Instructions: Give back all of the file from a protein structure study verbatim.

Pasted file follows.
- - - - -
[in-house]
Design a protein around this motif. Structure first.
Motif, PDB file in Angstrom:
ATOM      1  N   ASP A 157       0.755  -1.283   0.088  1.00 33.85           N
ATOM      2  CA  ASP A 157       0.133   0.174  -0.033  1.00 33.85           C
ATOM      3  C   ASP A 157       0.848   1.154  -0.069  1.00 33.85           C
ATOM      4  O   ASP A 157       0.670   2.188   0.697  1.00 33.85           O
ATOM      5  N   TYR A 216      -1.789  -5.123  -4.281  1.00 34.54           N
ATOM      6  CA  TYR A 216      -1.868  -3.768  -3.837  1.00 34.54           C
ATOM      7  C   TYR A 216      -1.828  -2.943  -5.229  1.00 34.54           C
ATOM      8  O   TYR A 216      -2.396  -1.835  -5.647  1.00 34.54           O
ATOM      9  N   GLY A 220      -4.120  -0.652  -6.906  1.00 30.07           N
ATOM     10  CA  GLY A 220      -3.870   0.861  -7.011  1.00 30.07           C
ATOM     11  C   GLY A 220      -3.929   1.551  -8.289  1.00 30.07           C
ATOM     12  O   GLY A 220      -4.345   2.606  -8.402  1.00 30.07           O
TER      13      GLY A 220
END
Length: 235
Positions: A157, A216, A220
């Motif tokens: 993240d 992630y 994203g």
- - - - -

[in-house]
Design a protein around this motif. Structure first.
Motif, PDB file in Angstrom:
ATOM      1  N   ASP A 157       0.755  -1.283   0.088  1.00 33.85           N
ATOM      2  CA  ASP A 157       0.133   0.174  -0.033  1.00 33.85           C
ATOM      3  C   ASP A 157       0.848   1.154  -0.069  1.00 33.85           C
ATOM      4  O   ASP A 157       0.670   2.188   0.697  1.00 33.85           O
ATOM      5  N   TYR A 216      -1.789  -5.123  -4.281  1.00 34.54           N
ATOM      6  CA  TYR A 216      -1.868  -3.768  -3.837  1.00 34.54           C
ATOM      7  C   TYR A 216      -1.828  -2.943  -5.229  1.00 34.54           C
ATOM      8  O   TYR A 216      -2.396  -1.835  -5.647  1.00 34.54           O
ATOM      9  N   GLY A 220      -4.120  -0.652  -6.906  1.00 30.07           N
ATOM     10  CA  GLY A 220      -3.870   0.861  -7.011  1.00 30.07           C
ATOM     11  C   GLY A 220      -3.929   1.551  -8.289  1.00 30.07           C
ATOM     12  O   GLY A 220      -4.345   2.606  -8.402  1.00 30.07           O
TER      13      GLY A 220
END
Length: 235
Positions: A157, A216, A220
């Motif tokens: 993240d 992630y 994203g």